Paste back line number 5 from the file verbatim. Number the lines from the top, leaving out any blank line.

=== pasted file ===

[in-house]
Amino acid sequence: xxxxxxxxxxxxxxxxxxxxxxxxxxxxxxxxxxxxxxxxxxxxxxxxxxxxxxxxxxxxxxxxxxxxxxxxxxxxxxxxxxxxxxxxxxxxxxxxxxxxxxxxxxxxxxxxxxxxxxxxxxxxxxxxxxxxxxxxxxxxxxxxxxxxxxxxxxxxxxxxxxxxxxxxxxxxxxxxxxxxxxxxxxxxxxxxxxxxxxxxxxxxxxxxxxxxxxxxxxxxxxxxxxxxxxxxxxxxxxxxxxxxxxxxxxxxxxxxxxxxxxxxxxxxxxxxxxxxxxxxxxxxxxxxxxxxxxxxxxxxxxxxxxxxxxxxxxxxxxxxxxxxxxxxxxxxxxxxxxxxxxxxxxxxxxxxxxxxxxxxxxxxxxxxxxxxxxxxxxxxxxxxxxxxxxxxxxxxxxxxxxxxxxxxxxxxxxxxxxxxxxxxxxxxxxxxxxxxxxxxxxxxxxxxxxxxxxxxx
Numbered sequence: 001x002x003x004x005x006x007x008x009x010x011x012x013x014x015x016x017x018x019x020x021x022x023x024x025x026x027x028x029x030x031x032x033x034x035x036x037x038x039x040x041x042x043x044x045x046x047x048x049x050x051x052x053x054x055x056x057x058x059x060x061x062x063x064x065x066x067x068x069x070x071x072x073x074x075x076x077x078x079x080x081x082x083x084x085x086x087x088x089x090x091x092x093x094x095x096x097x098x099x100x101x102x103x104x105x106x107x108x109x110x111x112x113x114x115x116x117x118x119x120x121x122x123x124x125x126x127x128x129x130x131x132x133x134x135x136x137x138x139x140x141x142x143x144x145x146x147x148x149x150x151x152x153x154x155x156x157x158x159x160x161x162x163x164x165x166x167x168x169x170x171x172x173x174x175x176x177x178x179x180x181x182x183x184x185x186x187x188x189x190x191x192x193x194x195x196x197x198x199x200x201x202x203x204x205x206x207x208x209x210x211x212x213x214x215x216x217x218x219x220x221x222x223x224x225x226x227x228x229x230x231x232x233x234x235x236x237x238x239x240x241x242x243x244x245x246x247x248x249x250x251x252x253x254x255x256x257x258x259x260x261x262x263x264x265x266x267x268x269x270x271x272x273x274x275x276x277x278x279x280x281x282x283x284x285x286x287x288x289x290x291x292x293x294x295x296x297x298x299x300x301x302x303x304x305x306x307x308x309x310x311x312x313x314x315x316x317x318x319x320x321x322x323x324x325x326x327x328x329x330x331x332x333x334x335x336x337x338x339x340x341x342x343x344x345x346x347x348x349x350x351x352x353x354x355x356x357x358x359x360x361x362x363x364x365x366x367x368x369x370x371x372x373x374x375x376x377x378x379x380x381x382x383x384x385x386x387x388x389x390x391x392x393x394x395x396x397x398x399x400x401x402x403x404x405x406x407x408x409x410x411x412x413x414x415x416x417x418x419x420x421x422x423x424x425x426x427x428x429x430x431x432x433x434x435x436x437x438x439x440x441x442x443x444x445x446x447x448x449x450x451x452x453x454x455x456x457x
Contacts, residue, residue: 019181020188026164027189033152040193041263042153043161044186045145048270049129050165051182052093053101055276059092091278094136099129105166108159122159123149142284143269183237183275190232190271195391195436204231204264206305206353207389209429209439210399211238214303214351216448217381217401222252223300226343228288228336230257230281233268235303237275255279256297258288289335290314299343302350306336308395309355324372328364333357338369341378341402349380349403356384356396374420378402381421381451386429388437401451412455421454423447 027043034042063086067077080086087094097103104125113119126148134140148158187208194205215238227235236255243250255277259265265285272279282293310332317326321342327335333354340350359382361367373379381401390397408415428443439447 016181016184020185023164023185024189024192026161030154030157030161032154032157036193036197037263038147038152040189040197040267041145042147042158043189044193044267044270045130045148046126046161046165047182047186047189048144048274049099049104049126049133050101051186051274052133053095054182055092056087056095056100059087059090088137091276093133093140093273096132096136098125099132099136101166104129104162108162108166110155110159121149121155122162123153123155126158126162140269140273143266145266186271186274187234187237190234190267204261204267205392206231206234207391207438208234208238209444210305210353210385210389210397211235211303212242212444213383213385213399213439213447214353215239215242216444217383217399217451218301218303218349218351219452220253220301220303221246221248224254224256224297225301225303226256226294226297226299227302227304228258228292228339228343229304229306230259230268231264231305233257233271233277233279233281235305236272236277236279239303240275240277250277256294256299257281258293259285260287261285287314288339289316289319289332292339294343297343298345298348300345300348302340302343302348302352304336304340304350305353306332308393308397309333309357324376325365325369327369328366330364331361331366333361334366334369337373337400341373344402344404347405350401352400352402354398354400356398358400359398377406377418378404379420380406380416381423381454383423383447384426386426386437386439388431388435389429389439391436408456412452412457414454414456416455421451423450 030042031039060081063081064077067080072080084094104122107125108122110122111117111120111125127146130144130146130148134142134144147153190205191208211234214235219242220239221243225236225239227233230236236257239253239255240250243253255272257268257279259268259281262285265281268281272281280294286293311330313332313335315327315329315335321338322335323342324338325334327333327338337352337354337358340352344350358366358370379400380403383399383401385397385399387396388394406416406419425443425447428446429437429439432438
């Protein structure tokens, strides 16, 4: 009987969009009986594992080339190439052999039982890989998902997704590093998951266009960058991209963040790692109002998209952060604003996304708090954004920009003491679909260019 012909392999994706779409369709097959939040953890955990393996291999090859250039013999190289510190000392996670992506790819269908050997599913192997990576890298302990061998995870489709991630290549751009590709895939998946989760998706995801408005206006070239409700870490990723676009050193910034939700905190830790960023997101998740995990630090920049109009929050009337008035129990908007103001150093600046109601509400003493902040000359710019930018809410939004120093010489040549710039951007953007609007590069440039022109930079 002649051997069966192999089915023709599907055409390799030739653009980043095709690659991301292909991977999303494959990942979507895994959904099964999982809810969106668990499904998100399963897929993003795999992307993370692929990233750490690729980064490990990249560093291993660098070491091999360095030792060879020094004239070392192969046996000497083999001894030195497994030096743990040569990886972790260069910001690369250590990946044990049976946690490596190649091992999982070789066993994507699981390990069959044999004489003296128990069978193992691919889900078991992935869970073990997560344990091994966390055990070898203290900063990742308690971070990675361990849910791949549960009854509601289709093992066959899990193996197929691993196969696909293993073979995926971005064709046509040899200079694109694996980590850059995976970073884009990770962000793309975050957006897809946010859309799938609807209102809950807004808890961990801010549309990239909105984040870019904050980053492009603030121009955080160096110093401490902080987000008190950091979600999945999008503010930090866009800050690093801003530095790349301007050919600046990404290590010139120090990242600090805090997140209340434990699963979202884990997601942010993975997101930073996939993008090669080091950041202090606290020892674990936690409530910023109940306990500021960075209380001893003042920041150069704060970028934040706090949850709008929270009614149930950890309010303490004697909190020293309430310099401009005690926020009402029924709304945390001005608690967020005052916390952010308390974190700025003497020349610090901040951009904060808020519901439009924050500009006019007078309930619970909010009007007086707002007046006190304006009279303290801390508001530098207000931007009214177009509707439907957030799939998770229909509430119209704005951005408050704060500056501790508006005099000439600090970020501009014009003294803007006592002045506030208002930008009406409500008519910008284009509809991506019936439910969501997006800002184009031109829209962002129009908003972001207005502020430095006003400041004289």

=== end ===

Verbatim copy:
């Protein structure tokens, strides 16, 4: 009987969009009986594992080339190439052999039982890989998902997704590093998951266009960058991209963040790692109002998209952060604003996304708090954004920009003491679909260019 012909392999994706779409369709097959939040953890955990393996291999090859250039013999190289510190000392996670992506790819269908050997599913192997990576890298302990061998995870489709991630290549751009590709895939998946989760998706995801408005206006070239409700870490990723676009050193910034939700905190830790960023997101998740995990630090920049109009929050009337008035129990908007103001150093600046109601509400003493902040000359710019930018809410939004120093010489040549710039951007953007609007590069440039022109930079 002649051997069966192999089915023709599907055409390799030739653009980043095709690659991301292909991977999303494959990942979507895994959904099964999982809810969106668990499904998100399963897929993003795999992307993370692929990233750490690729980064490990990249560093291993660098070491091999360095030792060879020094004239070392192969046996000497083999001894030195497994030096743990040569990886972790260069910001690369250590990946044990049976946690490596190649091992999982070789066993994507699981390990069959044999004489003296128990069978193992691919889900078991992935869970073990997560344990091994966390055990070898203290900063990742308690971070990675361990849910791949549960009854509601289709093992066959899990193996197929691993196969696909293993073979995926971005064709046509040899200079694109694996980590850059995976970073884009990770962000793309975050957006897809946010859309799938609807209102809950807004808890961990801010549309990239909105984040870019904050980053492009603030121009955080160096110093401490902080987000008190950091979600999945999008503010930090866009800050690093801003530095790349301007050919600046990404290590010139120090990242600090805090997140209340434990699963979202884990997601942010993975997101930073996939993008090669080091950041202090606290020892674990936690409530910023109940306990500021960075209380001893003042920041150069704060970028934040706090949850709008929270009614149930950890309010303490004697909190020293309430310099401009005690926020009402029924709304945390001005608690967020005052916390952010308390974190700025003497020349610090901040951009904060808020519901439009924050500009006019007078309930619970909010009007007086707002007046006190304006009279303290801390508001530098207000931007009214177009509707439907957030799939998770229909509430119209704005951005408050704060500056501790508006005099000439600090970020501009014009003294803007006592002045506030208002930008009406409500008519910008284009509809991506019936439910969501997006800002184009031109829209962002129009908003972001207005502020430095006003400041004289």